20-year follow-up of RCT finds reduced breast cancer death with low-fat diet

  • Chlebowski RT & al.
  • J Clin Oncol
  • 7 Feb 2020

  • curated by Miriam Davis, PhD
  • Univadis Clinical Summaries
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Takeaway

  • A low-fat diet is associated long term with a 21% reduction in breast cancer-attributable deaths.
  • Results are from a randomized controlled trial (RCT) from the US Women's Health Initiative (WHI) with almost 20 years of follow-up.

Why this matters

  • Results suggest that a low-fat diet initiated before breast cancer onset might offer benefit relative to usual diet for reducing breast cancer-attributable deaths.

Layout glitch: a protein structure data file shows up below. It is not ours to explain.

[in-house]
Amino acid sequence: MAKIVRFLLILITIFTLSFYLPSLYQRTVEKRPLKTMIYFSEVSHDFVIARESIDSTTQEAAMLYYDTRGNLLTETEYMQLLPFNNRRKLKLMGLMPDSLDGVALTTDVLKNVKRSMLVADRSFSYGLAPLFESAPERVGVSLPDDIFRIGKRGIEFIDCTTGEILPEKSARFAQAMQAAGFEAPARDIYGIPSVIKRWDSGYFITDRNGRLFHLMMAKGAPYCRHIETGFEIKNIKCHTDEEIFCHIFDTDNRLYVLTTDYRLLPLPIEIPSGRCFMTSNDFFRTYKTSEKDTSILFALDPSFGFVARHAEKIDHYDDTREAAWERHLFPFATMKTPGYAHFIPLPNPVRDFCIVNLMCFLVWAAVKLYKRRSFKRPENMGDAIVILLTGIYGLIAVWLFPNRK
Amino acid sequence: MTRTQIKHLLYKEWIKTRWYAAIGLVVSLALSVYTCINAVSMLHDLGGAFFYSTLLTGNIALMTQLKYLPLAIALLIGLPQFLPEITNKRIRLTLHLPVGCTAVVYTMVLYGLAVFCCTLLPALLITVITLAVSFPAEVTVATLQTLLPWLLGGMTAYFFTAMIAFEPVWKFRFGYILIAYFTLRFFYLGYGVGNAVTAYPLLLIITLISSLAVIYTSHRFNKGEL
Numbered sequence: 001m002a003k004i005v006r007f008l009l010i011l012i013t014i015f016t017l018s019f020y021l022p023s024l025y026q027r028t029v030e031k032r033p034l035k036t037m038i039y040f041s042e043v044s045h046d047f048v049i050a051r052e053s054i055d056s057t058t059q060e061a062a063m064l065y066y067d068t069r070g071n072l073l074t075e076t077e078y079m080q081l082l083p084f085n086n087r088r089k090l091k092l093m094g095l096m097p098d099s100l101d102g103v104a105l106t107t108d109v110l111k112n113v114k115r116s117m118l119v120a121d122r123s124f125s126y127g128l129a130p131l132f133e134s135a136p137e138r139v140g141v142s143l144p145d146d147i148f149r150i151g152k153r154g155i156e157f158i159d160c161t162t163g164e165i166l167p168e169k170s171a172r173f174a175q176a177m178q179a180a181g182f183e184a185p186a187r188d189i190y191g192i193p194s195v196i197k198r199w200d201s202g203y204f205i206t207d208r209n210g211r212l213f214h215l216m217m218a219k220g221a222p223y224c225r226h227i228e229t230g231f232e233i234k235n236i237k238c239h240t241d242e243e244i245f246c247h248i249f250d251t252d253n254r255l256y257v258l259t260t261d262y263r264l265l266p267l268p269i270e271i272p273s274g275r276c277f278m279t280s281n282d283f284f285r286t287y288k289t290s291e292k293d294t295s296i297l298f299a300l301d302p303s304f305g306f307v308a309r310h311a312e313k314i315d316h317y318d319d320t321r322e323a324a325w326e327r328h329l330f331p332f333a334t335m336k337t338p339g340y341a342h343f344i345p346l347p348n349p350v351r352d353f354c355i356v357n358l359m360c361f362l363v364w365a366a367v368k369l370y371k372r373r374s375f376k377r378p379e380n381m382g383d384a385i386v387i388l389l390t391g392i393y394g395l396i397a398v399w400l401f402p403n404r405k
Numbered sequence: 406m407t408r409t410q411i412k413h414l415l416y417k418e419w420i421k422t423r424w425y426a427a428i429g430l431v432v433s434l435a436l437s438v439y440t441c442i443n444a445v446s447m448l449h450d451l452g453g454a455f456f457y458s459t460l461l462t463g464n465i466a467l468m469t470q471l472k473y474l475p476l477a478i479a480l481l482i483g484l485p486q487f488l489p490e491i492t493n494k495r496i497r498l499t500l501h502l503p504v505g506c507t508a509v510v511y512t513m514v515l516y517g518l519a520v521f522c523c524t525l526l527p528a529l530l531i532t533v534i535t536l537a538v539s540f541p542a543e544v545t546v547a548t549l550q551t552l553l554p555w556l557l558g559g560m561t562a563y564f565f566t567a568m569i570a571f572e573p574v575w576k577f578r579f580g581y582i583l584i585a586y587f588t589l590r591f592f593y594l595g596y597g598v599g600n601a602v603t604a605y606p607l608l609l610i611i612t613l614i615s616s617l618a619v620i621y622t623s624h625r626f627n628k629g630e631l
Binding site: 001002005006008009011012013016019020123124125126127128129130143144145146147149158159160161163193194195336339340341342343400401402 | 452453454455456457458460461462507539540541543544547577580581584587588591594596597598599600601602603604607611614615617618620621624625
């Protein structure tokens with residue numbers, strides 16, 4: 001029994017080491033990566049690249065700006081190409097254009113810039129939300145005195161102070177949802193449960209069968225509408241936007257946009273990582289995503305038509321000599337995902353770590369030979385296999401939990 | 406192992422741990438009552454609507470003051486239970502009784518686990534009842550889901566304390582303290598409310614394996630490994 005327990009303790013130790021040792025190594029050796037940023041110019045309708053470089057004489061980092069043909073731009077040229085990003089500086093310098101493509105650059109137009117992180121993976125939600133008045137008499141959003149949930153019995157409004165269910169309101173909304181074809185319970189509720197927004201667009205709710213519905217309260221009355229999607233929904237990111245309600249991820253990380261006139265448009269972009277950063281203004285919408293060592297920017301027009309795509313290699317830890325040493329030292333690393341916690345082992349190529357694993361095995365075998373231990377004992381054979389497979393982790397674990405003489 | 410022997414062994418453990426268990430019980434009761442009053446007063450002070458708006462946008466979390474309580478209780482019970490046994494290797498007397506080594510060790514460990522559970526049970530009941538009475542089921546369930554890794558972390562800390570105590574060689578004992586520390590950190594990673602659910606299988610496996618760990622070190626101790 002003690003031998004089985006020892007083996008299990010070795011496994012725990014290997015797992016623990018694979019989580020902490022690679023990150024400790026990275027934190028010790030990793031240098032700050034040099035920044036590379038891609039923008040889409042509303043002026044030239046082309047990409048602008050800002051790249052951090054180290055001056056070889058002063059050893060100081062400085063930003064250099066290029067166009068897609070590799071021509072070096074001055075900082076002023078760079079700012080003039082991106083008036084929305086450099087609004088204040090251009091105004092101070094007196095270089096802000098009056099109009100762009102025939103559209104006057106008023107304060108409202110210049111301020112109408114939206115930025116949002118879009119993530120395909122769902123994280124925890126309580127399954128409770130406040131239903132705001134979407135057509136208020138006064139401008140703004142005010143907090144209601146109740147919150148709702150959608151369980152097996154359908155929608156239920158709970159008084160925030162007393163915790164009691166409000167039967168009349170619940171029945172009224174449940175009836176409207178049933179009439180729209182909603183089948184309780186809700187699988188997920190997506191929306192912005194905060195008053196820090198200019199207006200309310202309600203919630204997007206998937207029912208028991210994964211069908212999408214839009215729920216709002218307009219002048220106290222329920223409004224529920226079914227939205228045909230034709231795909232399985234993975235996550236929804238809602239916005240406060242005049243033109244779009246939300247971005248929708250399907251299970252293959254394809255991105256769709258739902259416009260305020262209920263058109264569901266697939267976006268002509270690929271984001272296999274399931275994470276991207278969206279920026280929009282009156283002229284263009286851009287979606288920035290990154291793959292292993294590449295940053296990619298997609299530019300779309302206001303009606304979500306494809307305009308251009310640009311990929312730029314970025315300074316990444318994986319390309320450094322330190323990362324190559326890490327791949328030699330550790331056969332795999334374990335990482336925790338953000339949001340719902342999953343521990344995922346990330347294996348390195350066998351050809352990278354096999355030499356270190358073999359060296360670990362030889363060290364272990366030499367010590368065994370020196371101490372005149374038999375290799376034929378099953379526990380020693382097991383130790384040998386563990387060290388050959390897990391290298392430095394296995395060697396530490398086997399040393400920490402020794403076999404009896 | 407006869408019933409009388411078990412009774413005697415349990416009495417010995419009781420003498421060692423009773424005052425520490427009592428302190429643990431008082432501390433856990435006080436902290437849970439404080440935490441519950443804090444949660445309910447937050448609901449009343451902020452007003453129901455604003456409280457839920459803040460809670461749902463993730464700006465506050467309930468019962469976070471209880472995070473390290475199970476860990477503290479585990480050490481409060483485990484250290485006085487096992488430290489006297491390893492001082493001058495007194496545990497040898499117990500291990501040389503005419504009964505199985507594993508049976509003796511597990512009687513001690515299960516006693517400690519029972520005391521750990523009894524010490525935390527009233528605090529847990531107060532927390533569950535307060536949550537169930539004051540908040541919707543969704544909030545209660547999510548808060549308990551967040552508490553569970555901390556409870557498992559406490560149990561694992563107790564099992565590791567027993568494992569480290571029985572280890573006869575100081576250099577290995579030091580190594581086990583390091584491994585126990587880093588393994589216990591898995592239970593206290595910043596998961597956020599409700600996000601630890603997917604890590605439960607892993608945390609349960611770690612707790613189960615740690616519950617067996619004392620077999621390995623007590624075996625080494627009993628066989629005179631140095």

Study design

  • In the Dietary Modification trial of the WHI, women without breast cancer whose dietary fat intake was ≥32% of energy were randomly assigned to a low-fat diet (dietary fat intake at 20% of energy intake, with more vegetables, fruits, and grains; n=19,541) or to usual diet (fat intake ≥32% of energy; n=29,294) for 8.5 years.
  • Funding: NIH.

Key results

  • At 19.6 years of follow-up, breast cancer incidence did not differ between groups: 
    • HR, 0.95 (95% CI, 0.89-1.02).
  • After a median of 19.6 years, the low-fat group vs the usual-diet group had:
    • Lower death rate after breast cancer:
      • 0.12% vs 0.14% (HR, 0.85; P=.01).
    • Lower death rate attributable to breast cancer:
      • 0.037% vs 0.047% per year (HR, 0.79; P=.02).

Limitations

  • Post hoc analysis.
  • Lack of therapy information.